RECOVERY SUPPORT: Journaling

What Is Journaling?

Journaling is a term coined for the practice of keeping a diary or journal that explores thoughts and feelings surrounding the events of one’s life. Journaling, as a stress management and self-exploration tool, is not the same as simply recording the happenings in one’s life, like keeping a log. To be most helpful, one must write in detail about feelings and cognitions related to stressful events, as one would discuss topics in therapy.

What Are The Benefits of Journaling?

Journaling allows people to clarify their thoughts and feelings, thereby gaining valuable self-knowledge. It’s also a good problem-solving tool; oftentimes, one can hash out a problem and come up with solutions more easily on paper. Journaling about traumatic events helps one process them by fully exploring and releasing the emotions involved, and by engaging both hemispheres of the brain in the process, allowing the experience to become fully integrated in one’s mind.

As for the health benefits of journaling, they’ve been scientifically proven. Research shows the following:

• Journaling decreases the symptoms of asthma, arthritis, and other health conditions.

• It improves cognitive functioning.

• It strengthens the immune system, preventing a host of illnesses.

• It counteracts many of the negative effects of stress.

 Here’s How:

1. Buy a Journal – This seems like the obvious first step. However, what kind of a journal you purchase is important. You can choose from the most beautiful blank books you can find, to a more functional notebook, to your computer. If you go with the blank book option, you can decide between lined or blank pages, with a variety of pens. Use your book to reflect your creativity, or go with functionality first. It’s all up to you and your tastes.

2. Set Aside Time – One of the most difficult aspects of journaling is not the journaling itself, but finding time to write. It’s important to block off about twenty minutes each day to write. Many people prefer to write in the morning as a way to start their day, or before bed, as a way to reflect upon and process the day’s events. However, if your lunch break or some other time is the only window you have, take the time whenever you can get it!

3. Begin Writing – Don’t think about what to say; just begin writing, and the words should come. If really need some help getting started, here are some topics to begin the process:

• Your dreams

• Your possible purpose in life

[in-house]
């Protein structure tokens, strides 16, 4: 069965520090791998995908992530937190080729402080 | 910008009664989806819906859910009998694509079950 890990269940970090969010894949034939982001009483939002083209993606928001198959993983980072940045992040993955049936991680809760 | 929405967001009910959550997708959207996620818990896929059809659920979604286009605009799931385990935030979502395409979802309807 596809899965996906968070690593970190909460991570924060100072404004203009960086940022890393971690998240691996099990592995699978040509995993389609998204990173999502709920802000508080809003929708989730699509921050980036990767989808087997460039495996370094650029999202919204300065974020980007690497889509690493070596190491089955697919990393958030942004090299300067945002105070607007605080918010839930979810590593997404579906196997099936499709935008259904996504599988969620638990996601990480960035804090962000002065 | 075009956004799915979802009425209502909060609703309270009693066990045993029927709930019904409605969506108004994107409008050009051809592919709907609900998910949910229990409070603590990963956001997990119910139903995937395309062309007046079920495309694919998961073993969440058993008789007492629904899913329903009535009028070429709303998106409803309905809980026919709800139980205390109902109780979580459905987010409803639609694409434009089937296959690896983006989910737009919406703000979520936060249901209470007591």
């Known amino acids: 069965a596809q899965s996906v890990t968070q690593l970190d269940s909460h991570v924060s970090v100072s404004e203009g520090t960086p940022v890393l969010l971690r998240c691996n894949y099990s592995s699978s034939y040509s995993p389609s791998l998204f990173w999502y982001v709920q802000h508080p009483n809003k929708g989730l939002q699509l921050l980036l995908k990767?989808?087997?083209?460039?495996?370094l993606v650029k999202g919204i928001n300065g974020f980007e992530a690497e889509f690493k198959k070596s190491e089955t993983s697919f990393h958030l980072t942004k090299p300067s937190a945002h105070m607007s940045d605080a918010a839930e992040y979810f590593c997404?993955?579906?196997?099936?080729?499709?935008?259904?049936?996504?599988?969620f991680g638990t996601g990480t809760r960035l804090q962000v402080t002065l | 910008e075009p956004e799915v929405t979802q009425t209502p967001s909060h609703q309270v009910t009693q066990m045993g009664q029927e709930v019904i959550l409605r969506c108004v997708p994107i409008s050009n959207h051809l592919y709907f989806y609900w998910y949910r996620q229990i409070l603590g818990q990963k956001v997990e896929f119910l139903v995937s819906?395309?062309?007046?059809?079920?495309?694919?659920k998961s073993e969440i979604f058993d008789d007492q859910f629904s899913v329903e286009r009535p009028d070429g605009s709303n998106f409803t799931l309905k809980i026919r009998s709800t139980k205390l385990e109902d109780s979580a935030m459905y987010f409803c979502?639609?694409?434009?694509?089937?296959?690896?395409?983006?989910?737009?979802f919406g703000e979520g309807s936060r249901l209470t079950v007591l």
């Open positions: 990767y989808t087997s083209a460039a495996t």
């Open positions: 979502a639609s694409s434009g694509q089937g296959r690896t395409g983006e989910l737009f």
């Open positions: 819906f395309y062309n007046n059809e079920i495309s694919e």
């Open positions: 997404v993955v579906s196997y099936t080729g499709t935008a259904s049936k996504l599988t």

• Your childhood memories and surrounding feelings

• Where you’d like to be in two years

• The best and worst days of your life

• If you could have three wishes…

• What was important to you five years ago, and what’s important to you now

• What are you grateful for?

4. Write About Thoughts and Feelings – As you write, don’t just vent negative emotions or catalog events; write about your feelings, but also your thoughts surrounding emotional events. (Research shows much greater benefits from journaling when participants write about emotional issues from a mental and emotional framework.) Relive events emotionally, and try to construct solutions and ‘find the lesson’. Using both aspects of yourself helps you process the event and find solutions to problems.

5. Keep Your Journal Private – If you’re worried that someone else may read your journal, you’re much more likely to self-censor, and you won’t achieve the same benefits from writing. To prevent the worry and maximize journaling effectiveness, you can either get a book that locks or keep your book in a locked or very hidden place. If using a computer, you can password-protect your journal so you’ll feel safe when you write.

Tips for Journaling:

1. Try to write each day.

2. Writing for at least 20 minutes is ideal, but if you only have 5 minutes, write for 5.

3. If you skip a day or 3, just keep writing when you can.

4. Don’t worry about neatness or even grammar. Just getting your thoughts and feelings on paper is more important than perfection.

5. Try not to self-censor; let go of ‘shoulds’, and just write what comes.

http://stress.about.com/od/generaltechniques/qt/qtjournal.htm

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